Developing Entrepreneurial Learning curricula from a CEOs Perspective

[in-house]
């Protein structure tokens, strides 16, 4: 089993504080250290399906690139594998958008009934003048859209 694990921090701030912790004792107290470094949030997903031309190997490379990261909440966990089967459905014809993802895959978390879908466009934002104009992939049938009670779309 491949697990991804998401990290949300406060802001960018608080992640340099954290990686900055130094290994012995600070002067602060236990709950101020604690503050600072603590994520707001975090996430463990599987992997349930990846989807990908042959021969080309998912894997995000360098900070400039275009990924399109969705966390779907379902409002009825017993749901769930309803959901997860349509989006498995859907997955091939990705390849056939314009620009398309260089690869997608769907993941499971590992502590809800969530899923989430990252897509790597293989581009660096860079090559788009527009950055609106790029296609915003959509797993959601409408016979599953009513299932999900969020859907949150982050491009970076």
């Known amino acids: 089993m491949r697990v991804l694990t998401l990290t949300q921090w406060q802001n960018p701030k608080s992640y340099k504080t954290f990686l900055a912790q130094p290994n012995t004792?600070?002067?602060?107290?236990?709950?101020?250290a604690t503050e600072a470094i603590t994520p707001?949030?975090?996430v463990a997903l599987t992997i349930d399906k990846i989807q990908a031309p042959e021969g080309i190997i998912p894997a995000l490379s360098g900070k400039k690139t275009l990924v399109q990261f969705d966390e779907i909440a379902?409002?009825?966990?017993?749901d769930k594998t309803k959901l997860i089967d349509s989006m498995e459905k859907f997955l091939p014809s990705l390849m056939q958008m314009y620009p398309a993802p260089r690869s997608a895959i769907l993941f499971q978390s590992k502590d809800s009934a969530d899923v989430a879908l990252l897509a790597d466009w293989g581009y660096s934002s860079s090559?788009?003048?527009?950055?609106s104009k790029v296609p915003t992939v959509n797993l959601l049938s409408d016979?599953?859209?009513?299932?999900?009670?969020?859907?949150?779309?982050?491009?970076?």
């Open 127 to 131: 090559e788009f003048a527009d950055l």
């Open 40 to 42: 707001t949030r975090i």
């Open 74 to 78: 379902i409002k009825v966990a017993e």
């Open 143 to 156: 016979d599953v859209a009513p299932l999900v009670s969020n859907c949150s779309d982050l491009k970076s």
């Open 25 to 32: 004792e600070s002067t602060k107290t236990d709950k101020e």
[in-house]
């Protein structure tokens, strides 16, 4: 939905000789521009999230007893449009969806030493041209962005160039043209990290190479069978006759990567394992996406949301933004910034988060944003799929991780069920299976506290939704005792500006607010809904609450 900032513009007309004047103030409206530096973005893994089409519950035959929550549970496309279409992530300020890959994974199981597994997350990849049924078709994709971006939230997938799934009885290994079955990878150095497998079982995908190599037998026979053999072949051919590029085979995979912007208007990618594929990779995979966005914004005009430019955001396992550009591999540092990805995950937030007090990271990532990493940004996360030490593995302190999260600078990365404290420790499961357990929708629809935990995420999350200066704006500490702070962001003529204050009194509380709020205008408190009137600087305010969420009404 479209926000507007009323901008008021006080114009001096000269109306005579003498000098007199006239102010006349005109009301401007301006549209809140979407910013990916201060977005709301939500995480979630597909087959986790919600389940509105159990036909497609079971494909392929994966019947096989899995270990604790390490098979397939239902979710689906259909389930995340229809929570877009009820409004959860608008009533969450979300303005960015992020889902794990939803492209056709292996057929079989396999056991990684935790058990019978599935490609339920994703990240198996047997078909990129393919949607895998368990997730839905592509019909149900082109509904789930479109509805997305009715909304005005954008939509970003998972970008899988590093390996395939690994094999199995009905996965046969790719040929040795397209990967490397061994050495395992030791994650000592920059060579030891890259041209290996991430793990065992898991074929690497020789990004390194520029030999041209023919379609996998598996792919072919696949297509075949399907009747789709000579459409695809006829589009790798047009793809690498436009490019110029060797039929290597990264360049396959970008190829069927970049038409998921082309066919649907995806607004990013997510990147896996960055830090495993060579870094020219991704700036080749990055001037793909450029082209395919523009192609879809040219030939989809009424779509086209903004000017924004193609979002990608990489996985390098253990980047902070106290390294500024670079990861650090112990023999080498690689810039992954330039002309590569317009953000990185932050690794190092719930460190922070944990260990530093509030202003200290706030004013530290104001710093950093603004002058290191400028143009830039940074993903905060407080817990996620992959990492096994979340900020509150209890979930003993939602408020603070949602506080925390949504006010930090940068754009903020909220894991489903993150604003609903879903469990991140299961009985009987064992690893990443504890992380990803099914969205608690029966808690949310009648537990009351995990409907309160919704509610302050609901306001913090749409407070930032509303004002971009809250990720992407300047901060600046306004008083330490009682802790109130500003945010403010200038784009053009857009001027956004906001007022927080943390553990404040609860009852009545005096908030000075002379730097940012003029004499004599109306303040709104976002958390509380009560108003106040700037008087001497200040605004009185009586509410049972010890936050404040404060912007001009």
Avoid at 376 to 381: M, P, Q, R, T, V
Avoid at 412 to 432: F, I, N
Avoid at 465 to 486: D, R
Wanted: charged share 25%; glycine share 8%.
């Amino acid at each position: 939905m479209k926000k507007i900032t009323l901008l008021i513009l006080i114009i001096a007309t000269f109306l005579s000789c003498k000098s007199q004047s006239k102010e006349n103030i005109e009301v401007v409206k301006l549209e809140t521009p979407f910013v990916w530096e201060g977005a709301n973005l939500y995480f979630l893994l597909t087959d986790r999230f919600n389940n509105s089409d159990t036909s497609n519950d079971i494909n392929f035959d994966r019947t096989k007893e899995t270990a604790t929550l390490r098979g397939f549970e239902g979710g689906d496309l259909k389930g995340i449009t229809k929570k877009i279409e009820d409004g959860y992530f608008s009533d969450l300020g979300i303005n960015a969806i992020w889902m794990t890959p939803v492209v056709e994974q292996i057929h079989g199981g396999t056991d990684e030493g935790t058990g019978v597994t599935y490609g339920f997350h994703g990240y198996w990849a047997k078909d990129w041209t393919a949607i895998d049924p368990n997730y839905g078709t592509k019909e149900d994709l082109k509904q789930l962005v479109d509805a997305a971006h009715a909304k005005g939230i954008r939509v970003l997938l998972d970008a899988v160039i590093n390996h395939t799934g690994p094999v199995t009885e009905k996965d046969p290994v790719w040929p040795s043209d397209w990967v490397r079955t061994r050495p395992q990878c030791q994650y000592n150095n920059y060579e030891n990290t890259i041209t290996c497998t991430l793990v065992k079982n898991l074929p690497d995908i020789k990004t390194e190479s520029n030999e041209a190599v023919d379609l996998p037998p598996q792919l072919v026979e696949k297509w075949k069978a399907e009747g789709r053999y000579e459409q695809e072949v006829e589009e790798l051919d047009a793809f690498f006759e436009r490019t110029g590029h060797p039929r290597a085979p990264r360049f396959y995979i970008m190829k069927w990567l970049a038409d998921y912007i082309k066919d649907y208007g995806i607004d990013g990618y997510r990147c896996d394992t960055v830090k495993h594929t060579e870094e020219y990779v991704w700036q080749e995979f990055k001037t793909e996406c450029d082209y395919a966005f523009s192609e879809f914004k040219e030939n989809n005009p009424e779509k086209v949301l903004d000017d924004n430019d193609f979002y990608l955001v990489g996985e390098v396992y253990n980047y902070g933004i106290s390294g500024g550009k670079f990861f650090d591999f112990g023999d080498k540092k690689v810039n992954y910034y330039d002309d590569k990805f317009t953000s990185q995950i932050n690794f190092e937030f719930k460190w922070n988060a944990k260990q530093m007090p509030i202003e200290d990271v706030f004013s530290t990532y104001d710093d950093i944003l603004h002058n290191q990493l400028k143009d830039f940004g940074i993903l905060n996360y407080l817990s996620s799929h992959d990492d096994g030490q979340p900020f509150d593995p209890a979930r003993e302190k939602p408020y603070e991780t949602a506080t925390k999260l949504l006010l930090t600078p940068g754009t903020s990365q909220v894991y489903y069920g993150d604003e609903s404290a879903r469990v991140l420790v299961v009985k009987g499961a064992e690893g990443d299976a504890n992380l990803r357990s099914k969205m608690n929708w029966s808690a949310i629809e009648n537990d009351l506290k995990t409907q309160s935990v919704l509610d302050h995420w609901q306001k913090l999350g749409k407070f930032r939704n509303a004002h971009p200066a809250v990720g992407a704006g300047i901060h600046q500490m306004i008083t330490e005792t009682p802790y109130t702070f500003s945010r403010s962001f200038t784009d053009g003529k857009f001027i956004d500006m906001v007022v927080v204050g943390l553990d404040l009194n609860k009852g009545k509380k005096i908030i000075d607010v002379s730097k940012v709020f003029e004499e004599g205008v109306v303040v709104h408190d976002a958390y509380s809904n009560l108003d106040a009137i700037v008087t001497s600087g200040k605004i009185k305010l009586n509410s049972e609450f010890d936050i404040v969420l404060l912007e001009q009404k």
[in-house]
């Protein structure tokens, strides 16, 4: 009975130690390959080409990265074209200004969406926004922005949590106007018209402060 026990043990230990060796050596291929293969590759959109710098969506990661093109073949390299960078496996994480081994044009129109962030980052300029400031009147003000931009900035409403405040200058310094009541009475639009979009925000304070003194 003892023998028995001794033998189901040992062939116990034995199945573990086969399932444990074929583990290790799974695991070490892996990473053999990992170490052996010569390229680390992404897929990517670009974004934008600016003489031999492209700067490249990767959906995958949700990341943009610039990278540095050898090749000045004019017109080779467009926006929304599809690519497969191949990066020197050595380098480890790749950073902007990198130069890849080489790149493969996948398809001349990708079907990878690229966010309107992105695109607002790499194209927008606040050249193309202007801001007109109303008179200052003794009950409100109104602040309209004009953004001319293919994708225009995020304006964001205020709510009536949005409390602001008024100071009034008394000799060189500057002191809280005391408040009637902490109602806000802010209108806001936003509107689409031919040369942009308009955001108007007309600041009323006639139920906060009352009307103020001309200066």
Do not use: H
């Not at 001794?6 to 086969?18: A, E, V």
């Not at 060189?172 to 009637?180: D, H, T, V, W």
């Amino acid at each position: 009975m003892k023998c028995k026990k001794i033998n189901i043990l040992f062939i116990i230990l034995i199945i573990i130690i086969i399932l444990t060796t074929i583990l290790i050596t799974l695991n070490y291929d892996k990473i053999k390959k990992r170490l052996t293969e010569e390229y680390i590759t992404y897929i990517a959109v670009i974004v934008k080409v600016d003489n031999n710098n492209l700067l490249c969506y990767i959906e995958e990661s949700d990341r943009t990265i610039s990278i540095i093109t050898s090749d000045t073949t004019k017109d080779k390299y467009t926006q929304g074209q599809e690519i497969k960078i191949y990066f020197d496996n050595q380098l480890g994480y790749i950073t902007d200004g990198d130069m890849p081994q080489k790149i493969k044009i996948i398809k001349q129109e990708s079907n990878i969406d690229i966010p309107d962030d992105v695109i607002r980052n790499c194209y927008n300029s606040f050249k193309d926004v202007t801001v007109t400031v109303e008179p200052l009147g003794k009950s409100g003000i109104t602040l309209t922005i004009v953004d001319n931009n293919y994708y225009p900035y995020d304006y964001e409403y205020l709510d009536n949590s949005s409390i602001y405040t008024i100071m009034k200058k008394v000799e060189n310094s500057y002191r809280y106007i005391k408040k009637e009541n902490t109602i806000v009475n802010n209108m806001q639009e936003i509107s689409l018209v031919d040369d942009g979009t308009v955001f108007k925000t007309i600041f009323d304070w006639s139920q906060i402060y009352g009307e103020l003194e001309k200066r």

The assertion that protracted degree programs can impede entrepreneurship learning sounds plausible, especially when we recount entrepreneurs with inimal formal qualifications. This important debate is hitherto inconclusive, yet it offers opportunity to investigate forms of learning required to become entrepreneurs in a culture obsessed with take-a-job mentality. The study aims to understand dichotomies prevalent between entrepreneurial learning undertaken at universities in comparison to the actual business practices in Khyber Pakhtunkhwa. A qualitative research design has been used in conjunction with 31 in-depth interviews from CEOs and analyzed through grounded methodology. The study illustrates the importance of transgenerational learning, where parents influence learning through a scaffolding process. In contrast, novice entrepreneurs rely on self-directed learning, which mostly prolong periods of emotional maturity due to trial and error approaches. A classic paradox of expectations is reported, where employers lament lack of talent, while graduates, bewail lack of job opportunities which is mainly attributed to absence of apprenticeship, except in fields of Medicine, Law and Chartered Accountancy. The study contributes by offering context specific insights from CEOs in Pakistan on how a social vacuum at the heart of industry-academia nexus, permeates, dichotomies in planned entrepreneurship learning curriculum as against actual business practices in vogue.
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